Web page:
Zopa, the UK peer-to-peer lending company that aims to become a bank, has obtained a banking license from UK financial regulators, the Financial Conduct Authority (FCA) and the Prudential Regulation Authority (PRA). The company wants to expand beyond P2P loans and investments to offer things like savings accounts and credit cards.
Technically, however, this is only the first regulatory part and Zopa’s banking license is “with restrictions” meaning it cannot be fully launched yet. Known as the “mobilization” phase of the licensing process, Zopa is ultimately expected to obtain a full license once it meets various conditions set by regulators.
In a statement, Zopa CEO Jaidev Janardana said acquiring a banking license is the starting point that will allow the company to become a “force majeure” in retail banking. “When we launched the peer-to-peer lending model globally in 2005, we did it by listening to customers and creating a better product for them. We will pay the same attention to our banking products – relying on technological innovation, our values of fairness and transparency, and better customer service, ”he adds.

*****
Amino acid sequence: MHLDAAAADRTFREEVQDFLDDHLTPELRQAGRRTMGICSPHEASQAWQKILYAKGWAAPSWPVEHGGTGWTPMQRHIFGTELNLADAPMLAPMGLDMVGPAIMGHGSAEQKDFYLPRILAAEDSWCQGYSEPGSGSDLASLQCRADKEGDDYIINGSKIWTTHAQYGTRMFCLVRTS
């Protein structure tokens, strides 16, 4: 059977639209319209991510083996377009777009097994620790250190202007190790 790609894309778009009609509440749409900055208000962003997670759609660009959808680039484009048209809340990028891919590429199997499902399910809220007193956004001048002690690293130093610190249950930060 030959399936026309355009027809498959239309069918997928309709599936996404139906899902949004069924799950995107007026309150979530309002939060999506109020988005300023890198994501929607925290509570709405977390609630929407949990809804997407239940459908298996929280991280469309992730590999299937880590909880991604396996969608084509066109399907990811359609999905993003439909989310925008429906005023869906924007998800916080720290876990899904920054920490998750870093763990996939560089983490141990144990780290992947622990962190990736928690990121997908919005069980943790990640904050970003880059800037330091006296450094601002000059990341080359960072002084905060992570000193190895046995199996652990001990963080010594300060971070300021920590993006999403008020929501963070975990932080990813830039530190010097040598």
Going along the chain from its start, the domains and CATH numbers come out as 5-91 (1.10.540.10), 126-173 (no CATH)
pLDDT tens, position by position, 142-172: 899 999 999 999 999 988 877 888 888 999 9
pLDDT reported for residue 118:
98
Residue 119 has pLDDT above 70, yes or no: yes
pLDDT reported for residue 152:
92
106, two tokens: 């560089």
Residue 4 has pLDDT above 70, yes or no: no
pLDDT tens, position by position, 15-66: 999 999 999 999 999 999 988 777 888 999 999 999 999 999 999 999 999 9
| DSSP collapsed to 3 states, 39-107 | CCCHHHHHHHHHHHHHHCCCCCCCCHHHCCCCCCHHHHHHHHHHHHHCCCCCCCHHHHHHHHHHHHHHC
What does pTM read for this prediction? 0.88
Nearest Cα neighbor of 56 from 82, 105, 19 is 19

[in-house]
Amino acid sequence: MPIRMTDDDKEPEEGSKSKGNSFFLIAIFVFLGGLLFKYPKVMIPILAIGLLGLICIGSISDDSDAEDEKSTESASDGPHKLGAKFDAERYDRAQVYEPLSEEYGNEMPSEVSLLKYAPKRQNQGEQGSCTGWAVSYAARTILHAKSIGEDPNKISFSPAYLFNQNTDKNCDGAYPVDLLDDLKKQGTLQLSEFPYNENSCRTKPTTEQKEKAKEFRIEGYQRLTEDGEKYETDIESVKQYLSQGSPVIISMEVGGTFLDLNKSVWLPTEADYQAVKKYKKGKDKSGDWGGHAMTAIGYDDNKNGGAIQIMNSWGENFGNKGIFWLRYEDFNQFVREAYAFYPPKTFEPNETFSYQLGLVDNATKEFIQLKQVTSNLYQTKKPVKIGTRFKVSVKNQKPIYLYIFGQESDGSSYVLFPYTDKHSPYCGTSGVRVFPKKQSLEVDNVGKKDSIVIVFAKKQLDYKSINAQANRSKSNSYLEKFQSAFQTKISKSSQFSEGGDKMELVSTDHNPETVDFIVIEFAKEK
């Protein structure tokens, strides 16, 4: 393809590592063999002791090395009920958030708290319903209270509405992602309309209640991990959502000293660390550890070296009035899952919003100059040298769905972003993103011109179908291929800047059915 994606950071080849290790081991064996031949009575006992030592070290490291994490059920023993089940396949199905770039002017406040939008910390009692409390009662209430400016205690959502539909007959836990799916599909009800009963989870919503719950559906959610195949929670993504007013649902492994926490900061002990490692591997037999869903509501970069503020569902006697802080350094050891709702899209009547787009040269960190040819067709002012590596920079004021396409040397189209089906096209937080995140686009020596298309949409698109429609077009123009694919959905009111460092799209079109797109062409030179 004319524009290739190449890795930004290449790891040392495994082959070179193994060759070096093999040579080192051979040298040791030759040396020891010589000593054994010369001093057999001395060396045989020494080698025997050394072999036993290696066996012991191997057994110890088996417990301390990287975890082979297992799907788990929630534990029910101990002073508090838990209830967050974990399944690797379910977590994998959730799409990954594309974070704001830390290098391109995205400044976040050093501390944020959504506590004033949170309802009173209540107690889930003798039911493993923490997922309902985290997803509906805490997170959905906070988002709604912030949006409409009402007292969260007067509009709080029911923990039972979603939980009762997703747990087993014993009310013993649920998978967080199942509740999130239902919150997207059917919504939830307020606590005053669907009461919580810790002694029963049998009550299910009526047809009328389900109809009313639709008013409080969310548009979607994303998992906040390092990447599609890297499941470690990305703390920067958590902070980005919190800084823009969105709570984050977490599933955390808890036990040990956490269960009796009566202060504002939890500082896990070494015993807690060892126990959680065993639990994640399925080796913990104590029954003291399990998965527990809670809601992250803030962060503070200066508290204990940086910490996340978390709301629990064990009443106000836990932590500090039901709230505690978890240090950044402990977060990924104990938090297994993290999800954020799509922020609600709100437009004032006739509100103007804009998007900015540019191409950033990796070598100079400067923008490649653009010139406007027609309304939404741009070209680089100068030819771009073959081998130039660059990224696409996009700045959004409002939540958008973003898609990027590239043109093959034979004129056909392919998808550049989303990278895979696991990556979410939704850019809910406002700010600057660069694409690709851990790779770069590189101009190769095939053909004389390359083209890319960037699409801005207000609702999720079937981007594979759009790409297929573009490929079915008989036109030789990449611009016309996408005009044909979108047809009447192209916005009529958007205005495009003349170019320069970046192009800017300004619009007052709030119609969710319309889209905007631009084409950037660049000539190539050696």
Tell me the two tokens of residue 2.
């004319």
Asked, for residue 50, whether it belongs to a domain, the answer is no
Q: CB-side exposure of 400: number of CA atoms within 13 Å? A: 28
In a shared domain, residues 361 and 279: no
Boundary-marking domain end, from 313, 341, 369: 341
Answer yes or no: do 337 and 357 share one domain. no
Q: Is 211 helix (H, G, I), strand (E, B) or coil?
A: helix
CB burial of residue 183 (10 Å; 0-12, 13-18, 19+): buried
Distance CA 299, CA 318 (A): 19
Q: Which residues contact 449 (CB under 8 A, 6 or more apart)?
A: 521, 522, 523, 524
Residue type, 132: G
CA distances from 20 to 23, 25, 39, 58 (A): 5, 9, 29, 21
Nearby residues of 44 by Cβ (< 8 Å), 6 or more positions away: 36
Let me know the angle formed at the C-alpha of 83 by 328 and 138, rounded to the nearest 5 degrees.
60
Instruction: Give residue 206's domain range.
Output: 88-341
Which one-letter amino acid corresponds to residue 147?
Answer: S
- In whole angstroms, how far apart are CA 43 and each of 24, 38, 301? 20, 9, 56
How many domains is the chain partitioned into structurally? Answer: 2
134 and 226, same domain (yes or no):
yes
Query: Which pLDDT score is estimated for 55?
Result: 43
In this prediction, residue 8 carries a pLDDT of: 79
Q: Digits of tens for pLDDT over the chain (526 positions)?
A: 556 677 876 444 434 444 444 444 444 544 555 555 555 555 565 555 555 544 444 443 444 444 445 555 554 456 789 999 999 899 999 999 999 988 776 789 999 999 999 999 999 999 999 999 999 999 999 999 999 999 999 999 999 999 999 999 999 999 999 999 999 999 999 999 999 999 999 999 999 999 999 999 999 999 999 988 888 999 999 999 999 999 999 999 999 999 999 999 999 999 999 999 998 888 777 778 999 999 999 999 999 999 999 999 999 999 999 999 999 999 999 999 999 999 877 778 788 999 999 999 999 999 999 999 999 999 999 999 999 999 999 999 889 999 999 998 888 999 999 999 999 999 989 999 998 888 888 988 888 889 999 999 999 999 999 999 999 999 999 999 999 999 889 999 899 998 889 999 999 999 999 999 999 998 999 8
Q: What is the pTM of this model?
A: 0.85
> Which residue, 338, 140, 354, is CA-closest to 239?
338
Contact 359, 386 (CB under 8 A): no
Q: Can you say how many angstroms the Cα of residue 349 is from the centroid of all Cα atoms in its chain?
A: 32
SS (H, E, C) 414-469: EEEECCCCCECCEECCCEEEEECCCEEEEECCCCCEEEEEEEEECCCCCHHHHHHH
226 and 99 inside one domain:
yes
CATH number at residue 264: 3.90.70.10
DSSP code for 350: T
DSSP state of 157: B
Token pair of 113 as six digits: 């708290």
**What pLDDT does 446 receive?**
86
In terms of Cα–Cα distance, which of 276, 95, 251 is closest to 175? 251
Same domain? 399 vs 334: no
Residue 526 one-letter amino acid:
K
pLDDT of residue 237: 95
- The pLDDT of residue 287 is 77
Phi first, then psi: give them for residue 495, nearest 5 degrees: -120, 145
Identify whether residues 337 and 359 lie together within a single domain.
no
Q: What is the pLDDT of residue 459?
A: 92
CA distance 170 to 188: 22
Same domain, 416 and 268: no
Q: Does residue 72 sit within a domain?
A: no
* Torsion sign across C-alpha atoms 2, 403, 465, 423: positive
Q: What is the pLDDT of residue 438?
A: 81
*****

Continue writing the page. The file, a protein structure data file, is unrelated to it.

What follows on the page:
Once launched, Zopa’s bank will partner with its existing businesses, creating what fintech says is the first hybrid peer-to-peer and digital banking offering. It will deploy a money management application and various financial products.
When the future bank announced the second part of a £ 60million fundraiser last month, a spokesperson told me it would include FSCS-protected savings accounts and P2P investments ( including innovative financing ISAs) for investors, as well as personal loans, finance, and credit cards for people looking to borrow.
Zopa also says it will avoid hidden fees and charges, and emphasizes customer service, provided through its app or over the phone.
However, it remains to be seen whether any of the above will be enough to stand out from an increasingly crowded challenger banking space in the UK which includes Monzo, Starling, Tandem and many more. That said, a fintech nerd can never have enough new banking newcomers.